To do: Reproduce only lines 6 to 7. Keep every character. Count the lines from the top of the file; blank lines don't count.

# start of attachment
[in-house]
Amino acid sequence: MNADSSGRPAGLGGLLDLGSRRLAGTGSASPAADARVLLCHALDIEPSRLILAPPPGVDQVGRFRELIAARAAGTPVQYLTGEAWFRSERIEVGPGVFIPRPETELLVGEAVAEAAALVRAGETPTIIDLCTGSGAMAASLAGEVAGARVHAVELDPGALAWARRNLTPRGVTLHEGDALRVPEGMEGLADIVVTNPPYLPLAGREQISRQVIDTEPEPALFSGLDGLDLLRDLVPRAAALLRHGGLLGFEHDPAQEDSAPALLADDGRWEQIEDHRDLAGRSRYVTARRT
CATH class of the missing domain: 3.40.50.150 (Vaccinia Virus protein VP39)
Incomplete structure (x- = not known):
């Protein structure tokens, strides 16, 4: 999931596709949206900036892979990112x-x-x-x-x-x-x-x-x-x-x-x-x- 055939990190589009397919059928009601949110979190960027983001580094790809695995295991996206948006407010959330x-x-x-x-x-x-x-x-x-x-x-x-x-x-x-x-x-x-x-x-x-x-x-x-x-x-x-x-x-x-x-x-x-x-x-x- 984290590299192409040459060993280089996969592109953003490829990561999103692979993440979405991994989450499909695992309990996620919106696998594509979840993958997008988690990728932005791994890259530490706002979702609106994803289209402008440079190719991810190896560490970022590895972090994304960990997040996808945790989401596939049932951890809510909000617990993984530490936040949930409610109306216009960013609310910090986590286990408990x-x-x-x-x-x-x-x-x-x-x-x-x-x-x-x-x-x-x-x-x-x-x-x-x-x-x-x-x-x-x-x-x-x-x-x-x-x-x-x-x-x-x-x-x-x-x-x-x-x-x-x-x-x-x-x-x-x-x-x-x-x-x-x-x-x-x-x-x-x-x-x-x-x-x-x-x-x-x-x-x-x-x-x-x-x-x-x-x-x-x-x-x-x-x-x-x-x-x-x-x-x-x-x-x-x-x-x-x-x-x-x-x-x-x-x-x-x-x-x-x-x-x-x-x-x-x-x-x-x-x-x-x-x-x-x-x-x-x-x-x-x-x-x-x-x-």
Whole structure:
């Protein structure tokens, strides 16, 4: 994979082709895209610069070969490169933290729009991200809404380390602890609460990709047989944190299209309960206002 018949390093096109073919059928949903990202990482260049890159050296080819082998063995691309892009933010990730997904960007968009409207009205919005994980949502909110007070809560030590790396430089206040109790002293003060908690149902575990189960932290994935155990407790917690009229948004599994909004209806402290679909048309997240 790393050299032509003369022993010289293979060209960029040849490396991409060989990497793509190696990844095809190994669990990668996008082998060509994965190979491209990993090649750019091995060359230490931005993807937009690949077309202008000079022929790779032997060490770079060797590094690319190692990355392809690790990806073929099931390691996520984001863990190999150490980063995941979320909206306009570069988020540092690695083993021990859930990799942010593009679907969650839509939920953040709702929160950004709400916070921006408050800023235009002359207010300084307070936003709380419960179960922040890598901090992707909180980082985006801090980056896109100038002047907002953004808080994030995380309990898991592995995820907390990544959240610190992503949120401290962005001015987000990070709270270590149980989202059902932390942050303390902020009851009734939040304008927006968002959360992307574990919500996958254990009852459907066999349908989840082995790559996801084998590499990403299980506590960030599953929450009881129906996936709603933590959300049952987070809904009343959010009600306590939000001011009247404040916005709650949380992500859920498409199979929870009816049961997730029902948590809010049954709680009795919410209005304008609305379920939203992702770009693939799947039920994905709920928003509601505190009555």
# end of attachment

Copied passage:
Whole structure:
């Protein structure tokens, strides 16, 4: 994979082709895209610069070969490169933290729009991200809404380390602890609460990709047989944190299209309960206002 018949390093096109073919059928949903990202990482260049890159050296080819082998063995691309892009933010990730997904960007968009409207009205919005994980949502909110007070809560030590790396430089206040109790002293003060908690149902575990189960932290994935155990407790917690009229948004599994909004209806402290679909048309997240 790393050299032509003369022993010289293979060209960029040849490396991409060989990497793509190696990844095809190994669990990668996008082998060509994965190979491209990993090649750019091995060359230490931005993807937009690949077309202008000079022929790779032997060490770079060797590094690319190692990355392809690790990806073929099931390691996520984001863990190999150490980063995941979320909206306009570069988020540092690695083993021990859930990799942010593009679907969650839509939920953040709702929160950004709400916070921006408050800023235009002359207010300084307070936003709380419960179960922040890598901090992707909180980082985006801090980056896109100038002047907002953004808080994030995380309990898991592995995820907390990544959240610190992503949120401290962005001015987000990070709270270590149980989202059902932390942050303390902020009851009734939040304008927006968002959360992307574990919500996958254990009852459907066999349908989840082995790559996801084998590499990403299980506590960030599953929450009881129906996936709603933590959300049952987070809904009343959010009600306590939000001011009247404040916005709650949380992500859920498409199979929870009816049961997730029902948590809010049954709680009795919410209005304008609305379920939203992702770009693939799947039920994905709920928003509601505190009555």